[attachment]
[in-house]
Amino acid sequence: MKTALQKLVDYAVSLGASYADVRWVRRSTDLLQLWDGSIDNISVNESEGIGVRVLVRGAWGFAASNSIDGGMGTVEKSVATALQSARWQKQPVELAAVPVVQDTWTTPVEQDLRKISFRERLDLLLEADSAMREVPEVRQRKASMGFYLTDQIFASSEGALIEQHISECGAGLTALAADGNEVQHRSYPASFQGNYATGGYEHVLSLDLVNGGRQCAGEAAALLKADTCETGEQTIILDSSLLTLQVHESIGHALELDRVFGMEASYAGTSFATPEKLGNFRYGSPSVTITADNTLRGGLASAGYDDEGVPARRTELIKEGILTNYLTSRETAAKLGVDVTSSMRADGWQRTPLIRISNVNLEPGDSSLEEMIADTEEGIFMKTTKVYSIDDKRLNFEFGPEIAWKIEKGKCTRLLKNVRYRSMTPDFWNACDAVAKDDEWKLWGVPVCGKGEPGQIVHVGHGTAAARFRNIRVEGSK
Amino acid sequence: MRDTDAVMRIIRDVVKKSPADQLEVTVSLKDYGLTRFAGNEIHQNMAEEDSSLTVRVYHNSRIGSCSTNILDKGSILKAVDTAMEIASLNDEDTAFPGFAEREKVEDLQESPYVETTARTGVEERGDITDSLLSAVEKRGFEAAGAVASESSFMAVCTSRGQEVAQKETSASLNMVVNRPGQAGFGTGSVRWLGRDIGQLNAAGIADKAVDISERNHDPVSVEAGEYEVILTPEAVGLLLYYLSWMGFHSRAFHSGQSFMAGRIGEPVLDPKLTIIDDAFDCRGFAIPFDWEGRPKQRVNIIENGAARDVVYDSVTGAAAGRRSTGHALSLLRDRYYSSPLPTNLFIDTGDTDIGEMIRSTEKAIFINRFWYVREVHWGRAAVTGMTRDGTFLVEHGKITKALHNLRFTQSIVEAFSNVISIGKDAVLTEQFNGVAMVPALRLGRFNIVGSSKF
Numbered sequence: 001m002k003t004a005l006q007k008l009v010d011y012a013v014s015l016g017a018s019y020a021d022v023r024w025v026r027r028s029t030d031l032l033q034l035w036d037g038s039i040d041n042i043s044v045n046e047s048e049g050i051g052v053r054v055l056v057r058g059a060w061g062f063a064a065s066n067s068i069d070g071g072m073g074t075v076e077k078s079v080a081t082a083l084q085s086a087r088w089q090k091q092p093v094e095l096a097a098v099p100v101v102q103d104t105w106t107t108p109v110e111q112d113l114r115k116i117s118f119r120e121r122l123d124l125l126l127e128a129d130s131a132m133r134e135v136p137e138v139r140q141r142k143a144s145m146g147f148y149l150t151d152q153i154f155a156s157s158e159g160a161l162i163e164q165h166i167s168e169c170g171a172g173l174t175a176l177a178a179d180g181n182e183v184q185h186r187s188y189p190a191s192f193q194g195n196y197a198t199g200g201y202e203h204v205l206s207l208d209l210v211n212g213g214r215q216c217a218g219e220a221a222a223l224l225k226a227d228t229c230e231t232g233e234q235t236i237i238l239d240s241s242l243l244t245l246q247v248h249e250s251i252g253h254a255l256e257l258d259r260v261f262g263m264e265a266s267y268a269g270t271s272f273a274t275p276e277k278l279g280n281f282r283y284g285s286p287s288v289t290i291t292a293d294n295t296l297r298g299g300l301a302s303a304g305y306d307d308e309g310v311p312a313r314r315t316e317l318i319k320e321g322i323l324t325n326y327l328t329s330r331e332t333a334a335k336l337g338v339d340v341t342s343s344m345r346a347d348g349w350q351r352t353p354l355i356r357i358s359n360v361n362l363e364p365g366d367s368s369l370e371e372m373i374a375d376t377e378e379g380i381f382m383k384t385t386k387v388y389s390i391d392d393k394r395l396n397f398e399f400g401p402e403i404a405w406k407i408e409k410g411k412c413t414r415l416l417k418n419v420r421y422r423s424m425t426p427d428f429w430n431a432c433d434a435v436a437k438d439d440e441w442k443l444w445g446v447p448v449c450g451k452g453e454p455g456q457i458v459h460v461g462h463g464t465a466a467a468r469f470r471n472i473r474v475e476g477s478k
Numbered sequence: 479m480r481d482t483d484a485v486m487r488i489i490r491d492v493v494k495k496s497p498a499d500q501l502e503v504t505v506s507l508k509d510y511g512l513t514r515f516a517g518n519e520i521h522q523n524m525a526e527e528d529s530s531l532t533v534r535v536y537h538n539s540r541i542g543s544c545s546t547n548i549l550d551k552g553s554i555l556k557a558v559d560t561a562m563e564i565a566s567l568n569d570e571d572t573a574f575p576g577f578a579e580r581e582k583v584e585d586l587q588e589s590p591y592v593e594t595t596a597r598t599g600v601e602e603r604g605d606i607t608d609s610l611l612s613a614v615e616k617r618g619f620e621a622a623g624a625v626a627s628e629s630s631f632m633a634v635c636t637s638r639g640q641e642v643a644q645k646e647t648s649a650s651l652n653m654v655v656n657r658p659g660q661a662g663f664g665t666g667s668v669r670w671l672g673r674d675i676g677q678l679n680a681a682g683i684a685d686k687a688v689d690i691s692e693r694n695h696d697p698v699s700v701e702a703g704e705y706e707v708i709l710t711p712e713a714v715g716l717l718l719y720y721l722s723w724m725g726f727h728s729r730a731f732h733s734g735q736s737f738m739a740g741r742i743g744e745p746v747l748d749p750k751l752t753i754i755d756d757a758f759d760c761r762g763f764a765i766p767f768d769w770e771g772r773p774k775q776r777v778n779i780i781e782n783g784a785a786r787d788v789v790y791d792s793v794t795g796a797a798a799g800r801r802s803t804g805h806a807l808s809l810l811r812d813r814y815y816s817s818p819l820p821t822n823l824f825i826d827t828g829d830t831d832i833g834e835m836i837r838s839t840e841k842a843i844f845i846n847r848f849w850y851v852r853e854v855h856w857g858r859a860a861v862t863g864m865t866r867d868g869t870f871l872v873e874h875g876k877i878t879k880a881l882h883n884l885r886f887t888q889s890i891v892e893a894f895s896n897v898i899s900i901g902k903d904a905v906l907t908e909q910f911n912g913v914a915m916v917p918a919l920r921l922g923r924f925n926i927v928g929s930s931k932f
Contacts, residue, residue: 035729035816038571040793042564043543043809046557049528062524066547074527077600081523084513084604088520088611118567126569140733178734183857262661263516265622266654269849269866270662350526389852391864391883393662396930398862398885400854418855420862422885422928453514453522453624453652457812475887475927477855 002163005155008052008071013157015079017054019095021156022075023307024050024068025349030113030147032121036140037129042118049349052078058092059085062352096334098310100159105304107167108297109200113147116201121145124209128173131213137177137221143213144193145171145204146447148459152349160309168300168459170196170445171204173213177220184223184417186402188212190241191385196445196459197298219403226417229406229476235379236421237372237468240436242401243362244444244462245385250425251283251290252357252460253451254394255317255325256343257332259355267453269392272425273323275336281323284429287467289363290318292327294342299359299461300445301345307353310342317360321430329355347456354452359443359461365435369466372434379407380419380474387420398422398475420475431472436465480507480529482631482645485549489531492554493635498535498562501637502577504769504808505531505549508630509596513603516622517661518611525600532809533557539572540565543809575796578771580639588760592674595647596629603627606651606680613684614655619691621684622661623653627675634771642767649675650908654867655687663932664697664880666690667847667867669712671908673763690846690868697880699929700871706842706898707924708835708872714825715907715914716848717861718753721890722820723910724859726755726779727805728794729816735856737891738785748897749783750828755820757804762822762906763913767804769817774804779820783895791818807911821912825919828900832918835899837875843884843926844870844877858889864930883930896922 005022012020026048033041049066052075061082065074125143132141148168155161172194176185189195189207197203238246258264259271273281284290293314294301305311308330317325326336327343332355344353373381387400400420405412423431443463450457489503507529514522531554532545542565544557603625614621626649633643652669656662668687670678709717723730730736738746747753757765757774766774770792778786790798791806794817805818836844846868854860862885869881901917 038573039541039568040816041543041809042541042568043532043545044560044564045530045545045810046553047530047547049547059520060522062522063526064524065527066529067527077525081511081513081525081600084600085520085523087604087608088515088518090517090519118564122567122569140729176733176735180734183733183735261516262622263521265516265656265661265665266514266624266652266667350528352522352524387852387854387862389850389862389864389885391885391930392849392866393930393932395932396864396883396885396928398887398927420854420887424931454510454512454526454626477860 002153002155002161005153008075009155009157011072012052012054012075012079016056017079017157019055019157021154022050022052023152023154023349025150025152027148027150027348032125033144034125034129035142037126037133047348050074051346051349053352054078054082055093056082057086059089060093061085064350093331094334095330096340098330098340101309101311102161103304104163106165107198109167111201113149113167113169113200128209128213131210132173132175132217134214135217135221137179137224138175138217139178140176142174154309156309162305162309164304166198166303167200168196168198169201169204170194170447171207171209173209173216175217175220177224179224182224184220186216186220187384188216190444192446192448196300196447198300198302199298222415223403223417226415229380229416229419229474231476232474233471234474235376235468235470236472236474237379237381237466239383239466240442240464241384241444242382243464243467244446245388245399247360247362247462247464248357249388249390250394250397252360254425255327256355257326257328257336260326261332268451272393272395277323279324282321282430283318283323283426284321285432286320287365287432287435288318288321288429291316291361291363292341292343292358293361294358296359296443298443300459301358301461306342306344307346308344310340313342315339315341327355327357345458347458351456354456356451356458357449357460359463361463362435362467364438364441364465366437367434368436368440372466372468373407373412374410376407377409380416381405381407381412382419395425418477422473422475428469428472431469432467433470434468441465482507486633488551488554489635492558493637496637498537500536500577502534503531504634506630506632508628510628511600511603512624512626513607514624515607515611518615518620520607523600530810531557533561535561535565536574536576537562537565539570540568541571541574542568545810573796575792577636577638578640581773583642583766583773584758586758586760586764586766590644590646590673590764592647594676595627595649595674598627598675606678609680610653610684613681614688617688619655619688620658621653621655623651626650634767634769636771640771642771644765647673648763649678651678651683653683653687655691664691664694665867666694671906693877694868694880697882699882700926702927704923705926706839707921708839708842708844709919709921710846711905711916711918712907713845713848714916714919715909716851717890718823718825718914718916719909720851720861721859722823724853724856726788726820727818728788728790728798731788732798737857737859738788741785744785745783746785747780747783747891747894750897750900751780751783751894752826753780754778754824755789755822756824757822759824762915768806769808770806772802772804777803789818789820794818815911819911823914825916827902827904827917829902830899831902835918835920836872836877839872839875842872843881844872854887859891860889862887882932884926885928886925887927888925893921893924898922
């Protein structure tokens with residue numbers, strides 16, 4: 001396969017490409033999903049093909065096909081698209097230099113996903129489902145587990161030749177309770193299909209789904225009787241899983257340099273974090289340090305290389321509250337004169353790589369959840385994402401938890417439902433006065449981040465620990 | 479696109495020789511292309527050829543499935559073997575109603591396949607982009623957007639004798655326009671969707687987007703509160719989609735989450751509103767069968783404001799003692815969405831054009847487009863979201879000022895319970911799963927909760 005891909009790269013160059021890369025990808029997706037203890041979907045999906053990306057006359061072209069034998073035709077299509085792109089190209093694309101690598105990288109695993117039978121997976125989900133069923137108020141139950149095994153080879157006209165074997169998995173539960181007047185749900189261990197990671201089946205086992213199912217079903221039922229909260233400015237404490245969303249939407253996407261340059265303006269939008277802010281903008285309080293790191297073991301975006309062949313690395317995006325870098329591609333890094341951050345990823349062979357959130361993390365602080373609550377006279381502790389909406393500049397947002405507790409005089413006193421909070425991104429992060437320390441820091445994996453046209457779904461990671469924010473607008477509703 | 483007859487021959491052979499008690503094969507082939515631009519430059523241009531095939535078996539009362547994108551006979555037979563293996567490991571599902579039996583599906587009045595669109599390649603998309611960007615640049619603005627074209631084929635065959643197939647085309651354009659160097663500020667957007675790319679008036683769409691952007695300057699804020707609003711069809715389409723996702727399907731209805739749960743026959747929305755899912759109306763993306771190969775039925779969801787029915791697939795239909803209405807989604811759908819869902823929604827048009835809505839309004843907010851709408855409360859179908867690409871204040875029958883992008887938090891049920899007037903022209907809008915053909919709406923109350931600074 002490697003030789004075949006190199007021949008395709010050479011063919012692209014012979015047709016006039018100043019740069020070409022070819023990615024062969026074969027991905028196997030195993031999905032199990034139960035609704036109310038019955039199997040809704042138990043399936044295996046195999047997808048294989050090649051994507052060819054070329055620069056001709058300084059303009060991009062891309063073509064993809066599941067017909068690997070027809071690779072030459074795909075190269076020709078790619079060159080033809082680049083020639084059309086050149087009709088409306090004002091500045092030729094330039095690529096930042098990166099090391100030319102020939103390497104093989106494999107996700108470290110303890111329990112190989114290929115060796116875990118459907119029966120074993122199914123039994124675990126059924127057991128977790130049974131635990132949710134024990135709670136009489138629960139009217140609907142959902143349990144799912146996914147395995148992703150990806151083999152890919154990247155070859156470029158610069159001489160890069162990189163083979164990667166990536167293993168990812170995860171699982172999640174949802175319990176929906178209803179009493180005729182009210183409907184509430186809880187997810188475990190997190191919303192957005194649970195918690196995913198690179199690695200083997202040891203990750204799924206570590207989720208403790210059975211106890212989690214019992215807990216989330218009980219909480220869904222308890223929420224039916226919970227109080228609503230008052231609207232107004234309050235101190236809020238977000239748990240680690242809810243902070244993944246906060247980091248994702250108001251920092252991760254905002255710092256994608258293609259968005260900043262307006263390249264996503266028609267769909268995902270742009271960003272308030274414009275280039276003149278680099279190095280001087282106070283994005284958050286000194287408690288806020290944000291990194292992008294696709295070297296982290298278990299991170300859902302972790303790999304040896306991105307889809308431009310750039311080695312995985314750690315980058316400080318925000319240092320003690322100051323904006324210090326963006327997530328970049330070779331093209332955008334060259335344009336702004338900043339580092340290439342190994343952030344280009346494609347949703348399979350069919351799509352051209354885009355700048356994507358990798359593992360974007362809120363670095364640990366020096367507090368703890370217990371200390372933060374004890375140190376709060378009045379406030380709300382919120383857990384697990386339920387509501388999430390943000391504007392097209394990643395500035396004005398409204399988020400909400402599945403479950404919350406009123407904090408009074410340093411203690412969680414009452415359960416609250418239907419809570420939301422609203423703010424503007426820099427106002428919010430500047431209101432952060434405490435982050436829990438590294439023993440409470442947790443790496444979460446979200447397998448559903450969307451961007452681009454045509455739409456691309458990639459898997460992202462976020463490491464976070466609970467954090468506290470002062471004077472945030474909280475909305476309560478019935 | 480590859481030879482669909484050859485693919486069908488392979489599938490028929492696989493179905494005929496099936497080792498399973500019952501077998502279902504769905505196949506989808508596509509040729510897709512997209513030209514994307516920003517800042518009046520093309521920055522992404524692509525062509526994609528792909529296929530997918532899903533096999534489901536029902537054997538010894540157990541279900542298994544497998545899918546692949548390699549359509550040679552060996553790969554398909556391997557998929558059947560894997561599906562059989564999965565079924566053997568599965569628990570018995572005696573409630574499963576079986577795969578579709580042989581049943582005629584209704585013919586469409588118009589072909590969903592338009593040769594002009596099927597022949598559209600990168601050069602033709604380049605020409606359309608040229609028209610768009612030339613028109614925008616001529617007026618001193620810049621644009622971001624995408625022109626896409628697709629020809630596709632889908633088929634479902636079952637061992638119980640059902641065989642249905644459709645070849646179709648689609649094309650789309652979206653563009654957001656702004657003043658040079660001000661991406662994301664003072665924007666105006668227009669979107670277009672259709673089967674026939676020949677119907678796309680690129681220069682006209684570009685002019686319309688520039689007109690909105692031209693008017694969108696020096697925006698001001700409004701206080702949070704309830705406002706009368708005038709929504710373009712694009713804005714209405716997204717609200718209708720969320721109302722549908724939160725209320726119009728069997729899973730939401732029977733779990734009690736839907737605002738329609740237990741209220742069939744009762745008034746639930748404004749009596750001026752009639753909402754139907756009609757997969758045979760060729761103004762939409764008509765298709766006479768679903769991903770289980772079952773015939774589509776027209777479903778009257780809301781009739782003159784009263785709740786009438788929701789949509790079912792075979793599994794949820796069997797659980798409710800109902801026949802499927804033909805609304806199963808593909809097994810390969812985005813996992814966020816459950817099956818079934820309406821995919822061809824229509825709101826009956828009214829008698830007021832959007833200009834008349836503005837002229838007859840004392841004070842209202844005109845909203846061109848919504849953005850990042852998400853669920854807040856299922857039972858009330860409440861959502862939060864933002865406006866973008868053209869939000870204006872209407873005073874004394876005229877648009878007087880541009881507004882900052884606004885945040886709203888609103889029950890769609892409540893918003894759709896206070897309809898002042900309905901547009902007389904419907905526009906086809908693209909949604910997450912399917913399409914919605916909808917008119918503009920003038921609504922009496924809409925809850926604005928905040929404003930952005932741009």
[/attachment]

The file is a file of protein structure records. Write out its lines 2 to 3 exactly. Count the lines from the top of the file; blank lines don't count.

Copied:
Amino acid sequence: MKTALQKLVDYAVSLGASYADVRWVRRSTDLLQLWDGSIDNISVNESEGIGVRVLVRGAWGFAASNSIDGGMGTVEKSVATALQSARWQKQPVELAAVPVVQDTWTTPVEQDLRKISFRERLDLLLEADSAMREVPEVRQRKASMGFYLTDQIFASSEGALIEQHISECGAGLTALAADGNEVQHRSYPASFQGNYATGGYEHVLSLDLVNGGRQCAGEAAALLKADTCETGEQTIILDSSLLTLQVHESIGHALELDRVFGMEASYAGTSFATPEKLGNFRYGSPSVTITADNTLRGGLASAGYDDEGVPARRTELIKEGILTNYLTSRETAAKLGVDVTSSMRADGWQRTPLIRISNVNLEPGDSSLEEMIADTEEGIFMKTTKVYSIDDKRLNFEFGPEIAWKIEKGKCTRLLKNVRYRSMTPDFWNACDAVAKDDEWKLWGVPVCGKGEPGQIVHVGHGTAAARFRNIRVEGSK
Amino acid sequence: MRDTDAVMRIIRDVVKKSPADQLEVTVSLKDYGLTRFAGNEIHQNMAEEDSSLTVRVYHNSRIGSCSTNILDKGSILKAVDTAMEIASLNDEDTAFPGFAEREKVEDLQESPYVETTARTGVEERGDITDSLLSAVEKRGFEAAGAVASESSFMAVCTSRGQEVAQKETSASLNMVVNRPGQAGFGTGSVRWLGRDIGQLNAAGIADKAVDISERNHDPVSVEAGEYEVILTPEAVGLLLYYLSWMGFHSRAFHSGQSFMAGRIGEPVLDPKLTIIDDAFDCRGFAIPFDWEGRPKQRVNIIENGAARDVVYDSVTGAAAGRRSTGHALSLLRDRYYSSPLPTNLFIDTGDTDIGEMIRSTEKAIFINRFWYVREVHWGRAAVTGMTRDGTFLVEHGKITKALHNLRFTQSIVEAFSNVISIGKDAVLTEQFNGVAMVPALRLGRFNIVGSSKF